If you talk about the gap in your cover letter, try to stay concise. Only a few sentences are typically necessary. You may want to talk about what you learned from this time, if applicable. If you get to the interview phase, they likely will ask you about the gap. Rehearse what you will say, and try to cast this unemployed time in the most favorable light possible. Don’t feel like you should be ashamed, instead talk about how much you grew and how excited you are to build off of that for your next role.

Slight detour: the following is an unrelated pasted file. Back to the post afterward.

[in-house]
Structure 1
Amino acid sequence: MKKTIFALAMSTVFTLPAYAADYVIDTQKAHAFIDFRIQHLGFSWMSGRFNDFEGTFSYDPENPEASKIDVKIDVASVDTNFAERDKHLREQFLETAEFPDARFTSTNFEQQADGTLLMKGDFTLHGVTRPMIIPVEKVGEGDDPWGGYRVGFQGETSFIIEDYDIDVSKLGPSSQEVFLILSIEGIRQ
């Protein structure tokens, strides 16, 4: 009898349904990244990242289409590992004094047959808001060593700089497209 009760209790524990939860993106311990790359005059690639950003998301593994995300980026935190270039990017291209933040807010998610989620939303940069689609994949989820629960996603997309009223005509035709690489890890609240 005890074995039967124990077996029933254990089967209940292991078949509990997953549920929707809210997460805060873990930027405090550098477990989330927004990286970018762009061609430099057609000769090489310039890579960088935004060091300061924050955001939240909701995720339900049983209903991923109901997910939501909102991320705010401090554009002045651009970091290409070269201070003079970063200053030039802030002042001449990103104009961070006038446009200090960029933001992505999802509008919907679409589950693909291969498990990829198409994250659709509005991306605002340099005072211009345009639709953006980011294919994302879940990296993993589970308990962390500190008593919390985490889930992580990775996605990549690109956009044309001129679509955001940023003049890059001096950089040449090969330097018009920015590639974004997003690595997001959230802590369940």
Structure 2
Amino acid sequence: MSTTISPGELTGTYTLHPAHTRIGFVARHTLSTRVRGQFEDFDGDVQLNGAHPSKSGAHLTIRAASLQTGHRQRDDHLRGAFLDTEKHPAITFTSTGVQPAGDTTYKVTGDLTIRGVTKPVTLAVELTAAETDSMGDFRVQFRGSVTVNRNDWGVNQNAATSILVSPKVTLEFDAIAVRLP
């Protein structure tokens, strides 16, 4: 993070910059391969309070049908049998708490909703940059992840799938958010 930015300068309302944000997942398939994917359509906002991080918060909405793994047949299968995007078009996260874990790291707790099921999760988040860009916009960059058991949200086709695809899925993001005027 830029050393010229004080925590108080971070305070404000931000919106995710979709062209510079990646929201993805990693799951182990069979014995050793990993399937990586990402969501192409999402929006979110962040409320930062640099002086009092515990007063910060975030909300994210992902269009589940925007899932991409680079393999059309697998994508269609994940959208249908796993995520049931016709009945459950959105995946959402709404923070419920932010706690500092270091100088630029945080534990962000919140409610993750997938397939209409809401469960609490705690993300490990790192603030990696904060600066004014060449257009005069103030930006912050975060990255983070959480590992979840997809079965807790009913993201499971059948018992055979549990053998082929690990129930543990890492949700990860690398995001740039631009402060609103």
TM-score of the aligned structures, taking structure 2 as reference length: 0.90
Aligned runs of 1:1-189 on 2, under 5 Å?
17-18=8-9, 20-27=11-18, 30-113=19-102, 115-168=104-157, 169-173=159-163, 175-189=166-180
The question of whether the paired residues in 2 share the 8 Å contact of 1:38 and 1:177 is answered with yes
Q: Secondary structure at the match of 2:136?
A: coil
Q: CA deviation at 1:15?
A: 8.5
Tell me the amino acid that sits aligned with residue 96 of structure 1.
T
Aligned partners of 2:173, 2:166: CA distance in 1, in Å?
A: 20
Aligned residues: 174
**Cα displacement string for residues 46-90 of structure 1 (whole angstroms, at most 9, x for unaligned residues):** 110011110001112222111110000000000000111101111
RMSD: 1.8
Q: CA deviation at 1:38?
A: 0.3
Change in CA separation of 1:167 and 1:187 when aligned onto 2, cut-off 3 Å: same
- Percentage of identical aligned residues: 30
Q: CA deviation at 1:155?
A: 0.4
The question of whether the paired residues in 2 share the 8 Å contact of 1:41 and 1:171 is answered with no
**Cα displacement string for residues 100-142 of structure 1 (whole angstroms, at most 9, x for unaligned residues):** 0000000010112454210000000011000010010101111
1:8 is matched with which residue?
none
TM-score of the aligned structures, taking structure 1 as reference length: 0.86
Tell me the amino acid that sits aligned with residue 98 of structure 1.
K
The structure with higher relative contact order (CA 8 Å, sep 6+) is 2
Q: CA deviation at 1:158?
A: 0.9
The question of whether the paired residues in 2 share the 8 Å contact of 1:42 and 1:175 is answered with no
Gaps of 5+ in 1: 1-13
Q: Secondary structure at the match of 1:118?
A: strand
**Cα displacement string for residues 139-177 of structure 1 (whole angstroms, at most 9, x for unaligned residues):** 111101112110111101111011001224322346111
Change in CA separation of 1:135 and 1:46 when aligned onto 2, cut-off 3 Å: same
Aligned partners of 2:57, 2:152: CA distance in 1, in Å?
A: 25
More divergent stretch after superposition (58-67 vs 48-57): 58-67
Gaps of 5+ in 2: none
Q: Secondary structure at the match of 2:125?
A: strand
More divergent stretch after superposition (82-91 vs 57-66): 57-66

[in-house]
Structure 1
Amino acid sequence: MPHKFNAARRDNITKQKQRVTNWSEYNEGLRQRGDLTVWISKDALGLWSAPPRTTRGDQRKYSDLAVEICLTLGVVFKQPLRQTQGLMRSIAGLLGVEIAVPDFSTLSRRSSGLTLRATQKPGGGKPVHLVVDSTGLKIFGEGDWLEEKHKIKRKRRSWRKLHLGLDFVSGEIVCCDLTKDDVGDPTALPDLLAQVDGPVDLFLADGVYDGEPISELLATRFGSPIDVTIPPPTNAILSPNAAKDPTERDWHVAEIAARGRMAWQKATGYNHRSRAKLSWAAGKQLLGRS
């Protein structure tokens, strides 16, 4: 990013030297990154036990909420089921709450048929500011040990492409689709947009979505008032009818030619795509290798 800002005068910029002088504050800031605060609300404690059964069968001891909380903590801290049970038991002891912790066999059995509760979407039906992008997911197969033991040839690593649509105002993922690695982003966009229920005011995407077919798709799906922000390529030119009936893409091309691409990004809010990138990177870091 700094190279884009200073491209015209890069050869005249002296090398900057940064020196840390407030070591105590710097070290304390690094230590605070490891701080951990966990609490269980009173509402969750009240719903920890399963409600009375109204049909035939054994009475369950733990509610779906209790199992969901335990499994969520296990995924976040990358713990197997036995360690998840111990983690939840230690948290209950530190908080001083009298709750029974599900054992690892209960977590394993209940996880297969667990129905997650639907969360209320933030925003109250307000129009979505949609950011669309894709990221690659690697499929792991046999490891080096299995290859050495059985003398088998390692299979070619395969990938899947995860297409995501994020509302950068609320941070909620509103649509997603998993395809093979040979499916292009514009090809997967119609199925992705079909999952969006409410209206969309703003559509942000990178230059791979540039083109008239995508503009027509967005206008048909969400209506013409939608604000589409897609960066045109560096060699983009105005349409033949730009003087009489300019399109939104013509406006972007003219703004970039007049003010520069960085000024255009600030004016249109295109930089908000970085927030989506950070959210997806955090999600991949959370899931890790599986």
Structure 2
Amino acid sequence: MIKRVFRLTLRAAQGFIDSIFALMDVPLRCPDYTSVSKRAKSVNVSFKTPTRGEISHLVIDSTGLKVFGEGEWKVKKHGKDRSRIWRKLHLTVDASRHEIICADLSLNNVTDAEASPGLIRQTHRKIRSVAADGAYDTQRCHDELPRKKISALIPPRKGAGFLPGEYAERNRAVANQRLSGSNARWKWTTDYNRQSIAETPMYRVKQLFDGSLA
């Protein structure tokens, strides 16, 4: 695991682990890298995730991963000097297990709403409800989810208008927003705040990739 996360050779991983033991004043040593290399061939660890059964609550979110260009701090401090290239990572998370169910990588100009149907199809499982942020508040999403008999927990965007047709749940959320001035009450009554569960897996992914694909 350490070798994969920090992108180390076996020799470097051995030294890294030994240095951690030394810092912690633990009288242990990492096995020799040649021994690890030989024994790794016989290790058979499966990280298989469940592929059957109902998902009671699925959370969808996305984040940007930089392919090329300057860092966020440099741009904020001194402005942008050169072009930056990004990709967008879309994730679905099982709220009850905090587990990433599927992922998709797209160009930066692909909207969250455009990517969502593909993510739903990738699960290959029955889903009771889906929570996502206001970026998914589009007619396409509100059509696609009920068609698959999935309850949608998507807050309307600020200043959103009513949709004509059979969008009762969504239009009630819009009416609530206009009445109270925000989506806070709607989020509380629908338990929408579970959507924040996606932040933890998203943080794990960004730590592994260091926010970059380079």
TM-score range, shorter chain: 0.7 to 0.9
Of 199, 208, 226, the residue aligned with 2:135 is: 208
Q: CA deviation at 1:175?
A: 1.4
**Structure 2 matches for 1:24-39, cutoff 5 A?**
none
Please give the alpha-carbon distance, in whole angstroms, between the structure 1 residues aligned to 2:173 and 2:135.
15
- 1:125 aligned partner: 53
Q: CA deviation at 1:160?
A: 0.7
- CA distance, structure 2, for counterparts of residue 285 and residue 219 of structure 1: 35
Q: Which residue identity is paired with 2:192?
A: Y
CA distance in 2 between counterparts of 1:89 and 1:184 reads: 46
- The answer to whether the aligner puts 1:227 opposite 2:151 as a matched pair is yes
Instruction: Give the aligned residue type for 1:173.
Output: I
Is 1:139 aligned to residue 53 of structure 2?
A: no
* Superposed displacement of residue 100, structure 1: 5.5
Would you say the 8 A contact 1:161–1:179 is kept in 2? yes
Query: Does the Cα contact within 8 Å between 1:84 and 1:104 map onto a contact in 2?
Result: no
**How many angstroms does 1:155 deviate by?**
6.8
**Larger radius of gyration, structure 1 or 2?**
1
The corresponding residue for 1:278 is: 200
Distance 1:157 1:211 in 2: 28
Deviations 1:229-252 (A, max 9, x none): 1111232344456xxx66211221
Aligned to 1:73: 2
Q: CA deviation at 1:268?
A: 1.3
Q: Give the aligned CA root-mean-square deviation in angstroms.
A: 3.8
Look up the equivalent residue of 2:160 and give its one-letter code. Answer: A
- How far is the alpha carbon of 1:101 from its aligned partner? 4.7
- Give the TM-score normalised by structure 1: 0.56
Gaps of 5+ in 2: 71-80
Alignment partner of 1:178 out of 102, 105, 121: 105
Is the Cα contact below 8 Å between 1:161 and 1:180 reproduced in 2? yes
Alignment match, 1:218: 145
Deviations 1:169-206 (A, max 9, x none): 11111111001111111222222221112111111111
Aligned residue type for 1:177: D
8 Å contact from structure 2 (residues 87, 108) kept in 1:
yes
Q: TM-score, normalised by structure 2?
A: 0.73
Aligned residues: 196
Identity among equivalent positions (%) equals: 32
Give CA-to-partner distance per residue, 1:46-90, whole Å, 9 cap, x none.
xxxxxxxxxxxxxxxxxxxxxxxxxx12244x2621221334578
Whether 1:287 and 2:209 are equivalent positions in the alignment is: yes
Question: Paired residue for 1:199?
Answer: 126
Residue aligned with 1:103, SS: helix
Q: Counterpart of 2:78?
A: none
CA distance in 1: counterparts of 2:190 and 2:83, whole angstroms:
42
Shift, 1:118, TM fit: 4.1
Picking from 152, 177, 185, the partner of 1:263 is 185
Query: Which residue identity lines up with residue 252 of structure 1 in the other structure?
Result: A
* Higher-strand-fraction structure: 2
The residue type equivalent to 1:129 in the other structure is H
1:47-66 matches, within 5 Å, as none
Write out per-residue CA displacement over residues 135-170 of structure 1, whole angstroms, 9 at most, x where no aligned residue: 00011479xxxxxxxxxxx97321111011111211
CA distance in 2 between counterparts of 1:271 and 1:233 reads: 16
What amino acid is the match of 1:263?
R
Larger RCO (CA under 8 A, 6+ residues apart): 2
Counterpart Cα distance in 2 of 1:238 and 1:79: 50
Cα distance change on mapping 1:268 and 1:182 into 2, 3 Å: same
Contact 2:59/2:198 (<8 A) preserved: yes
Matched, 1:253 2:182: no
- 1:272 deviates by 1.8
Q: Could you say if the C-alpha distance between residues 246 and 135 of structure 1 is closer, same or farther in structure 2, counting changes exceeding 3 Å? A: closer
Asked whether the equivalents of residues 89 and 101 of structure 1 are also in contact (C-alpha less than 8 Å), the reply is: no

Don’t lose hope! An employment gap is not the end of your career and not an issue that will hold you back from your dream job. Remember that you have valuable skills and are a good worker. Keeping this attitude will let you tackle any career challenges with ease and present confidence to your potential employer.
Don’t try to hide your employment gap.
Try to explain your employment gap with activities you did, challenges you overcame, or training you pursued.
As a last resort, use a functional or combination resume format or only include your current job on your resume.
Stay optimistic and frame this unemployed time as a period of personal growth.